Topics: Mobility, Google, Laptops, Microsoft, Microsoft Surface

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  • I dont think so

    Win 8.1 tablets have come way down in price, and the designs are becoming very appealing. Chrome Book is too limiting, too tied to Google services, and becoming less value as Win 8.1 products come down in price. Just buy a Win 8.1 tablet and install Chrome Browser - done.
    Sean Foley
    • But Win8 is so awful

      I just wouldn't get a Win8 laptop or tablet
      • Would you get any Windows device?

        I for one use Windows 8.1 on a laptop and have a Windows 8 phone.

        Marvelous, simply marvelous OS. Used to have an iPhone, really liked it, but now Im on WP8 it would be brutally hard to even thinking about going back.

        All the anti Windows 8 hype is mostly just that.
    • as oppossed

      to being tied to ms services? you find that better?
      ya know how you can use google services on windows? yeah, funny thing. you can use outlook, skydrive, office365 on a chromebook.
      • Unless you use the outlook

        desktop client, can't use that.
        Sam Wagner
    • No it is not

      The Acer C720 which cost $199 outperforms the ASUS T100 which cost much more. In fact, it 3.5 times faster, not to mention virus and maintenance free. CB are not only good, they are very good for most of people. Why pay more just to have a bloated OS in order to use legacy applications.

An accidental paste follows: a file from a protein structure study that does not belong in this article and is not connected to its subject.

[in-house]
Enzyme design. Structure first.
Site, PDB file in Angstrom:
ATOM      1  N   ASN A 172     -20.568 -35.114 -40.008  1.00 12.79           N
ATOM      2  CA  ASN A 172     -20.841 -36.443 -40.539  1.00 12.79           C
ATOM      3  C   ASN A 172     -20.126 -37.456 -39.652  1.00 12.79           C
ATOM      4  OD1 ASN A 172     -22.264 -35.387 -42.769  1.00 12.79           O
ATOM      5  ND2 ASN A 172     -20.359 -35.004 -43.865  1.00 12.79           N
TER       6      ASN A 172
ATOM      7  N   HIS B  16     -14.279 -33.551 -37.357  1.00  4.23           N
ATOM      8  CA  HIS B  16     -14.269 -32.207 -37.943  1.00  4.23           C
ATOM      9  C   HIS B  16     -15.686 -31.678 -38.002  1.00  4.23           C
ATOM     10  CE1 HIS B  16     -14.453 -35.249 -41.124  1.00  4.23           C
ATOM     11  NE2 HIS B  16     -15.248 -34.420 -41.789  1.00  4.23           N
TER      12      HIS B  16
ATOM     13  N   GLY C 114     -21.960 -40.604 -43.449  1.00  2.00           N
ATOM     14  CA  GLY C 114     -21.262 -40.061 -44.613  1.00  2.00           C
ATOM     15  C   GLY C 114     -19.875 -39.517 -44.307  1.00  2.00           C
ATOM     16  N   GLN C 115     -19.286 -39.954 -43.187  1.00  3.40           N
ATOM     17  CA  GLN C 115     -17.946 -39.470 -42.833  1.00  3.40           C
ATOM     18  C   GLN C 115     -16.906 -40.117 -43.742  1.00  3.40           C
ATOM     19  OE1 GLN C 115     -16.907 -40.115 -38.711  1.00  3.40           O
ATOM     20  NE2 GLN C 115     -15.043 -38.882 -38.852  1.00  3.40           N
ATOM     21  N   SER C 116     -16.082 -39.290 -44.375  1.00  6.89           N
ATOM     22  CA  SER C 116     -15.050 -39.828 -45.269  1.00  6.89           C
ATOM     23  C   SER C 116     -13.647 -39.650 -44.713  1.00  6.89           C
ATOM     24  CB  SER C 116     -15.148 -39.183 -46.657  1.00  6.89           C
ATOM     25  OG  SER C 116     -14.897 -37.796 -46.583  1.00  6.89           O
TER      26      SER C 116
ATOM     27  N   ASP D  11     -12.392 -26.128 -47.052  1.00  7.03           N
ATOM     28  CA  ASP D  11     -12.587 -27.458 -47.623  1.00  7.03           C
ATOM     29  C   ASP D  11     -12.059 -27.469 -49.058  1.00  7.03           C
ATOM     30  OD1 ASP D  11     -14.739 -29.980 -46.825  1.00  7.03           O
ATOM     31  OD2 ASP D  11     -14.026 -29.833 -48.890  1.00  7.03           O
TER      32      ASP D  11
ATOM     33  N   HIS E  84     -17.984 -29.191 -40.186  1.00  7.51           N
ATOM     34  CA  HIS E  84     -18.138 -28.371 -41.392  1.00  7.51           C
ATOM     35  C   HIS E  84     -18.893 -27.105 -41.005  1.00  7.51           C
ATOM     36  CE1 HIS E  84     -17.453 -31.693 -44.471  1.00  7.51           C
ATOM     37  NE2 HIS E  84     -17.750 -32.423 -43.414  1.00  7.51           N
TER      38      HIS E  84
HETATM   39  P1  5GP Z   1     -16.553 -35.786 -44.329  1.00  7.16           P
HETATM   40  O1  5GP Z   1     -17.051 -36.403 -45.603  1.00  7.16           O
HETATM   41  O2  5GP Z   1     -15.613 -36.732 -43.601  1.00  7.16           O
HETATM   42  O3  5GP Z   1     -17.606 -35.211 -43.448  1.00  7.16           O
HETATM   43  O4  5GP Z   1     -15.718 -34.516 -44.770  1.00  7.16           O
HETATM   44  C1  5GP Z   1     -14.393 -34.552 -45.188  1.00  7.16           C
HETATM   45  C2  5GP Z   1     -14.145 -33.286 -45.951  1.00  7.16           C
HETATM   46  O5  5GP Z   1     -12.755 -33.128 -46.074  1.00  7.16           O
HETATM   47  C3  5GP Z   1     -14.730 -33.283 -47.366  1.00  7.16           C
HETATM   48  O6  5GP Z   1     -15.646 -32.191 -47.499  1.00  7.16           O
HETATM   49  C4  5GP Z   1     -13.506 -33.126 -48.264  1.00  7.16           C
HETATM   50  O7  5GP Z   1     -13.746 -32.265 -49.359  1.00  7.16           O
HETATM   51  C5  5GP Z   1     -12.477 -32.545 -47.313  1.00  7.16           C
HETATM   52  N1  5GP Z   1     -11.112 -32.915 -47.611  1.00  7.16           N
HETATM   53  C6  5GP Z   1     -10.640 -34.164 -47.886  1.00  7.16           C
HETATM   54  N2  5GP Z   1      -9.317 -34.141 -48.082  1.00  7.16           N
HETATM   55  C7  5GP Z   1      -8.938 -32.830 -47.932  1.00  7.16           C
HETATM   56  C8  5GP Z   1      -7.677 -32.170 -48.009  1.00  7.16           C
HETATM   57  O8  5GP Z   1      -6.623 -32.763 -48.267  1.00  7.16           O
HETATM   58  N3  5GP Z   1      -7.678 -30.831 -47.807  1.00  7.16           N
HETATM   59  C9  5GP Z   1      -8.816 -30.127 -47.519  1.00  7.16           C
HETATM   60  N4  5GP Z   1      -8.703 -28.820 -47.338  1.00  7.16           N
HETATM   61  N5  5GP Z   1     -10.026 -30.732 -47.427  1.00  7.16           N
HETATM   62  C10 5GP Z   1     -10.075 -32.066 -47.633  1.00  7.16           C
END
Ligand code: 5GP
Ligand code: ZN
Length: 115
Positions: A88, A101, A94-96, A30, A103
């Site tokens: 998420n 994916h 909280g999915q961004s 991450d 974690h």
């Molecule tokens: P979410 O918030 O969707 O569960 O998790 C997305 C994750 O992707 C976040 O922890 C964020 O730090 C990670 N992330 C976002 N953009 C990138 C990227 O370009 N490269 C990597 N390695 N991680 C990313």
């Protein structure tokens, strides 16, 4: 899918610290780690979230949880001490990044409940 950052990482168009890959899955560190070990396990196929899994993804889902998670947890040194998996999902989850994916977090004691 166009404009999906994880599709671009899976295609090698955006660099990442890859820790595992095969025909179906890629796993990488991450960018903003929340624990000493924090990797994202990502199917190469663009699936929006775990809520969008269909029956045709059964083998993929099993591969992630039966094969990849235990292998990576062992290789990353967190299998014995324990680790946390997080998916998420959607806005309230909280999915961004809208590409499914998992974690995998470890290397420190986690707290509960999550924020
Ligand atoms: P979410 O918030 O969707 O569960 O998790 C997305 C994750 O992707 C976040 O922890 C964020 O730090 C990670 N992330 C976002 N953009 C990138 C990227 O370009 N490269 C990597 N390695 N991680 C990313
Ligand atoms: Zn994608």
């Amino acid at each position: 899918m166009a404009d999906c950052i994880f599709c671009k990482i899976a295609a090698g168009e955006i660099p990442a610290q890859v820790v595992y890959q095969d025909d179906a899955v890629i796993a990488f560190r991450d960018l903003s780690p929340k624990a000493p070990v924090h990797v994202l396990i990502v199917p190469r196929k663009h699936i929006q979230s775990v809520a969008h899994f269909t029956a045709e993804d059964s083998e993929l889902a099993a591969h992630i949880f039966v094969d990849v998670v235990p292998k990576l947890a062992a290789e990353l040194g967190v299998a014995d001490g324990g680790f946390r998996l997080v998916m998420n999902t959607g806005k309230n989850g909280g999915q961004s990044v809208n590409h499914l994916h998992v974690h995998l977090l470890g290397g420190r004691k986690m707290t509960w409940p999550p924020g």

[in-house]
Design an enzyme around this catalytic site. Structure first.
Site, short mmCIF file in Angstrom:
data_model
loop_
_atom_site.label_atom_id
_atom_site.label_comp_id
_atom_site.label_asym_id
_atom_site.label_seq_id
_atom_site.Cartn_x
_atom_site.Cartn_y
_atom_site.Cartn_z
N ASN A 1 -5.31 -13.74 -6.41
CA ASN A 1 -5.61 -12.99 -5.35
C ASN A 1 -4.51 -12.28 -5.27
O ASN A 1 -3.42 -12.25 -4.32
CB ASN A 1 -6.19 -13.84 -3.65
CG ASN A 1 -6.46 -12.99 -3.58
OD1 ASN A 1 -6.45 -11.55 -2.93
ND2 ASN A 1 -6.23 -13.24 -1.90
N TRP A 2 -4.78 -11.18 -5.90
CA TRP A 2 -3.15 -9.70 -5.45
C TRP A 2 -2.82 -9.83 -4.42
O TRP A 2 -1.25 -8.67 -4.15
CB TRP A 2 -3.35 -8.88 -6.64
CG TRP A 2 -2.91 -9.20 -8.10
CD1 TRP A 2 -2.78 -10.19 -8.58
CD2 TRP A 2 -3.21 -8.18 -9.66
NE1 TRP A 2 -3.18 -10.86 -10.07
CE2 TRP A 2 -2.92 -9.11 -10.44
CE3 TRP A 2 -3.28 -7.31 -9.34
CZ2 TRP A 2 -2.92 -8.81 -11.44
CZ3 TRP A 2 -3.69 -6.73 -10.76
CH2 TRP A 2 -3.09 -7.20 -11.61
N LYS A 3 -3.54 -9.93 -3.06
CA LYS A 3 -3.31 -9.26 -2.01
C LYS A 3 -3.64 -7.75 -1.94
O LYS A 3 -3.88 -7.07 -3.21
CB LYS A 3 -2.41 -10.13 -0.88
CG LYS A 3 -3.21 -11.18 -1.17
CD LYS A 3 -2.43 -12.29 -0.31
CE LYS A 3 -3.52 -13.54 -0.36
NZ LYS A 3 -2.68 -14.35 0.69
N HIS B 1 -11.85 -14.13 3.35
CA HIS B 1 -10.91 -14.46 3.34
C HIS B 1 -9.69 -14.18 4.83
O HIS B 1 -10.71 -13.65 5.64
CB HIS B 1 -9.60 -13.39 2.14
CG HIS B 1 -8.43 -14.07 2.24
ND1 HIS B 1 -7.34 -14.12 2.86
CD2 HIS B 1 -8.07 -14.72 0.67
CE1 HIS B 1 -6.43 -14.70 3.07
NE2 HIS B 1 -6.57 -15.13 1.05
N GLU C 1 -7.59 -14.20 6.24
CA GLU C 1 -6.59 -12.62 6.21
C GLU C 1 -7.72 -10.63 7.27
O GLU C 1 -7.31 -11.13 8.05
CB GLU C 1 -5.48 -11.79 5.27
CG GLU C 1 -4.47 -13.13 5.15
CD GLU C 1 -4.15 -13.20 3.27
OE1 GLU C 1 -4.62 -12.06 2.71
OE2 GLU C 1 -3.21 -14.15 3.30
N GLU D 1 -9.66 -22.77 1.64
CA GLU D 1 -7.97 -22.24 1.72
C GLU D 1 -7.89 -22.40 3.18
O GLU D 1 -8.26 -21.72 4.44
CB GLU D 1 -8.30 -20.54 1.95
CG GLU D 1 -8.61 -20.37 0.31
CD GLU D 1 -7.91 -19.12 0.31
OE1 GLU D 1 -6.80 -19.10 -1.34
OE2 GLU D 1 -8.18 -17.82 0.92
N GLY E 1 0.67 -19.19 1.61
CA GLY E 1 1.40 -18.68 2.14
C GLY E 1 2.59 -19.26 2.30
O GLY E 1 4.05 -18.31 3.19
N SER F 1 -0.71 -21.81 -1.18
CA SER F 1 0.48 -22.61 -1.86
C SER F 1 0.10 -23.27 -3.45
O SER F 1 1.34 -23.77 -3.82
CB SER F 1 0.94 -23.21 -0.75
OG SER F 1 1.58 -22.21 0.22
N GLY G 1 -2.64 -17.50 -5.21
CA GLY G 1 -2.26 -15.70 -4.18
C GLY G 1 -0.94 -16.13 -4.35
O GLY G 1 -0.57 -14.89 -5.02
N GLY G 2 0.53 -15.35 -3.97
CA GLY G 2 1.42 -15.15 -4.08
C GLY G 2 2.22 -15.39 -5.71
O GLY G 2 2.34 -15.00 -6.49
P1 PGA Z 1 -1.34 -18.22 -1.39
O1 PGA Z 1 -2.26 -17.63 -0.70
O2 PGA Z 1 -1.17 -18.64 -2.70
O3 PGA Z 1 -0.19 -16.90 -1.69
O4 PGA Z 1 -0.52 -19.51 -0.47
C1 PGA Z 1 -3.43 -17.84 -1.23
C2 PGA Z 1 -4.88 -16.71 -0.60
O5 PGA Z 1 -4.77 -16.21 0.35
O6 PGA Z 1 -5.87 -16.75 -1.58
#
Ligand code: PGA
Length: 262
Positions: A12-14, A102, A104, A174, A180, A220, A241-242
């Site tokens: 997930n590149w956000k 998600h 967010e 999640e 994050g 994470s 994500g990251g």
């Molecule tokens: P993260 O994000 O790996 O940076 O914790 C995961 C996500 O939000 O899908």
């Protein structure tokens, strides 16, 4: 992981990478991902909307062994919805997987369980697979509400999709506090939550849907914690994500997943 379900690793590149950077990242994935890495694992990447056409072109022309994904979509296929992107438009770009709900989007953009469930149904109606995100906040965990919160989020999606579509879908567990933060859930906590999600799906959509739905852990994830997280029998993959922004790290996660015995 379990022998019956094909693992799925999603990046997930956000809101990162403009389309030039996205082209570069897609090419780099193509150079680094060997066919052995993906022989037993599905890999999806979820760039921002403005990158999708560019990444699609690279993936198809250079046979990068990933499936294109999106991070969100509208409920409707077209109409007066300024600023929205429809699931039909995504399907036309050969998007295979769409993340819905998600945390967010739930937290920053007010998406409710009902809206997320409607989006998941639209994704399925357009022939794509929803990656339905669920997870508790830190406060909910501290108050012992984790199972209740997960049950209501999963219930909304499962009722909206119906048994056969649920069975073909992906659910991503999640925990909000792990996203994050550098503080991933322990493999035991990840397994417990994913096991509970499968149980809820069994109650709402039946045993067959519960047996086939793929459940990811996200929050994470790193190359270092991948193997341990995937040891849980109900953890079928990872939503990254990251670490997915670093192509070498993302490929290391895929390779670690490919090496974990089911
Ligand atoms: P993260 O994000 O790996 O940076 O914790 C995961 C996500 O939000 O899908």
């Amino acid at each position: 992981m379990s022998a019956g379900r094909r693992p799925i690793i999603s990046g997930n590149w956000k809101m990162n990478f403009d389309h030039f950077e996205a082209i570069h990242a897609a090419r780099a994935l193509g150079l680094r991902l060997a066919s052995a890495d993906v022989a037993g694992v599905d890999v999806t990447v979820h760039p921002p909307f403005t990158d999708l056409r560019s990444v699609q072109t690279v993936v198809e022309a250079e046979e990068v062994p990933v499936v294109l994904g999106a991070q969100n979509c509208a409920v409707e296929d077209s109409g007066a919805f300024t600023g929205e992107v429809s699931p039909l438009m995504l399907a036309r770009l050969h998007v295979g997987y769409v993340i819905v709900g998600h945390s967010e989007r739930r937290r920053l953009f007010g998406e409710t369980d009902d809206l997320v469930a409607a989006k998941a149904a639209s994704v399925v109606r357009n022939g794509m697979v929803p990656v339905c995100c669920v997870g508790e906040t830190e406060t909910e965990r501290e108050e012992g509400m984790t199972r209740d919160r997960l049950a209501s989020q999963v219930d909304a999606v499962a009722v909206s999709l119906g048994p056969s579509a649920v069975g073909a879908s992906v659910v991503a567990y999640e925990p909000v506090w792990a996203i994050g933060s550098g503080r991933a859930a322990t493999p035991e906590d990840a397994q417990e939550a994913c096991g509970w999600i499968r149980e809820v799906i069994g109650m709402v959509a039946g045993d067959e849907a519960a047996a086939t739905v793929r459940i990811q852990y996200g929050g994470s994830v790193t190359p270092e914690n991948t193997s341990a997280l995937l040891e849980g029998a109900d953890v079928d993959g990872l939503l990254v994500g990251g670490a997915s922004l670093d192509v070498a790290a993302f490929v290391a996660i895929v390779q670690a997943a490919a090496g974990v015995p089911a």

• It's not a tablet.

        Sometimes, it's better to spend the extra money and get an arguably better product.

        It doesn't matter if it's 3.5 times faster (it isn't, by the way), that power is wasted on an operating system incapable of using it well.

        While RT lacks the apps that Android and iOS have, Chrome OS has even less of them.

        Compared to full Windows 8, that thing's a deserted planet.
        • Why is it not capable of using it?

          It means the Asus Chromebook 720 can run web apps or packaged apps a lot faster than the ASUS T100 can run Windows apps. Given that Windows imposes an additional overhead on the system, and they both have 2GB RAM, the ACER 720 will be even faster comparatively than the specifications suggest.
    • While I agree with the idea that tablets do more

      I certainly don't agree with the idea that a Windows tablet is the answer for someone who thought a Chromebook might do it. Someone going for a Chromebook was after simplicity. They'll get too much of it with a Chromebook, but not enough of it with Windows 8.1. Windows is a full PC operating system, in all its disk eating, driver laden glory.

      That sort of user - the one craving simplicity and freedom from the PC headaches of yore - is best served with an Android tablet or iPad.
      • Or....

        Or, a Win 8.1RT device!
      • Tablets do more?!?

        That's true only if you spend more money and buy a keyboard accessory. Even then, tablet operating systems are still more complex and relatively bloated compared to a browser-based operating system.